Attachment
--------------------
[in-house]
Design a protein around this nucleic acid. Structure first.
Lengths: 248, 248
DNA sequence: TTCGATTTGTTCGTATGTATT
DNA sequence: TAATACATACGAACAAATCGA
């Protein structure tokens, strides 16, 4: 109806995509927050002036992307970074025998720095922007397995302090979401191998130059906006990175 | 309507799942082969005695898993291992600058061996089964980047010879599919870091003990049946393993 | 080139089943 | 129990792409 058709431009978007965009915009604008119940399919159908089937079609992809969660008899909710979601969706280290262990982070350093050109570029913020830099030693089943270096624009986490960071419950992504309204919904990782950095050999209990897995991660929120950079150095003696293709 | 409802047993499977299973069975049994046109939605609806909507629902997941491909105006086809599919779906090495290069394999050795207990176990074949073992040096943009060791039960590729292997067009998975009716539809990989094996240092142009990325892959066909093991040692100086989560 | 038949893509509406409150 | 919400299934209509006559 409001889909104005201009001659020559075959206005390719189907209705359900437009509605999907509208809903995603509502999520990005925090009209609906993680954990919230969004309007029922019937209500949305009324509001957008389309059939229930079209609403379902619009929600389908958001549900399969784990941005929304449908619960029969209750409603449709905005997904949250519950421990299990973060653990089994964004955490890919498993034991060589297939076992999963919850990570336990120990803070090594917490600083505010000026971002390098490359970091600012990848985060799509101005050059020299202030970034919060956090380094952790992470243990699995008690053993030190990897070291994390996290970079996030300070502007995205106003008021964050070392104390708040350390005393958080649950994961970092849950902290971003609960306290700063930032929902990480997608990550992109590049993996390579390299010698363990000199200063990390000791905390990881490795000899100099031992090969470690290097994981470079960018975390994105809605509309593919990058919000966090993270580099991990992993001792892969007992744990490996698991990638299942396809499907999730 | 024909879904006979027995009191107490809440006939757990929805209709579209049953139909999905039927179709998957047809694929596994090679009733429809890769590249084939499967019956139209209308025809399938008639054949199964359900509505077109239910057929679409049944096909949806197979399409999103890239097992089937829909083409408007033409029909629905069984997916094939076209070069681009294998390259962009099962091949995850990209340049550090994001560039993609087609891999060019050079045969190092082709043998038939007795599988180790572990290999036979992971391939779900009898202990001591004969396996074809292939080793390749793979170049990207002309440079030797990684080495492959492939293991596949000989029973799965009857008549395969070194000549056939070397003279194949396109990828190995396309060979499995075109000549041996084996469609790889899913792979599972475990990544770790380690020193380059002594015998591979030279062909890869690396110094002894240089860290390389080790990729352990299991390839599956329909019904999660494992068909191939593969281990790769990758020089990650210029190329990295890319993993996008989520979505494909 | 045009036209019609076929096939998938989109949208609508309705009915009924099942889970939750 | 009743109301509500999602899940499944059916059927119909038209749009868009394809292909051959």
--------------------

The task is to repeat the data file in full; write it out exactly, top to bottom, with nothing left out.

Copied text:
[in-house]
Design a protein around this nucleic acid. Structure first.
Lengths: 248, 248
DNA sequence: TTCGATTTGTTCGTATGTATT
DNA sequence: TAATACATACGAACAAATCGA
């Protein structure tokens, strides 16, 4: 109806995509927050002036992307970074025998720095922007397995302090979401191998130059906006990175 | 309507799942082969005695898993291992600058061996089964980047010879599919870091003990049946393993 | 080139089943 | 129990792409 058709431009978007965009915009604008119940399919159908089937079609992809969660008899909710979601969706280290262990982070350093050109570029913020830099030693089943270096624009986490960071419950992504309204919904990782950095050999209990897995991660929120950079150095003696293709 | 409802047993499977299973069975049994046109939605609806909507629902997941491909105006086809599919779906090495290069394999050795207990176990074949073992040096943009060791039960590729292997067009998975009716539809990989094996240092142009990325892959066909093991040692100086989560 | 038949893509509406409150 | 919400299934209509006559 409001889909104005201009001659020559075959206005390719189907209705359900437009509605999907509208809903995603509502999520990005925090009209609906993680954990919230969004309007029922019937209500949305009324509001957008389309059939229930079209609403379902619009929600389908958001549900399969784990941005929304449908619960029969209750409603449709905005997904949250519950421990299990973060653990089994964004955490890919498993034991060589297939076992999963919850990570336990120990803070090594917490600083505010000026971002390098490359970091600012990848985060799509101005050059020299202030970034919060956090380094952790992470243990699995008690053993030190990897070291994390996290970079996030300070502007995205106003008021964050070392104390708040350390005393958080649950994961970092849950902290971003609960306290700063930032929902990480997608990550992109590049993996390579390299010698363990000199200063990390000791905390990881490795000899100099031992090969470690290097994981470079960018975390994105809605509309593919990058919000966090993270580099991990992993001792892969007992744990490996698991990638299942396809499907999730 | 024909879904006979027995009191107490809440006939757990929805209709579209049953139909999905039927179709998957047809694929596994090679009733429809890769590249084939499967019956139209209308025809399938008639054949199964359900509505077109239910057929679409049944096909949806197979399409999103890239097992089937829909083409408007033409029909629905069984997916094939076209070069681009294998390259962009099962091949995850990209340049550090994001560039993609087609891999060019050079045969190092082709043998038939007795599988180790572990290999036979992971391939779900009898202990001591004969396996074809292939080793390749793979170049990207002309440079030797990684080495492959492939293991596949000989029973799965009857008549395969070194000549056939070397003279194949396109990828190995396309060979499995075109000549041996084996469609790889899913792979599972475990990544770790380690020193380059002594015998591979030279062909890869690396110094002894240089860290390389080790990729352990299991390839599956329909019904999660494992068909191939593969281990790769990758020089990650210029190329990295890319993993996008989520979505494909 | 045009036209019609076929096939998938989109949208609508309705009915009924099942889970939750 | 009743109301509500999602899940499944059916059927119909038209749009868009394809292909051959």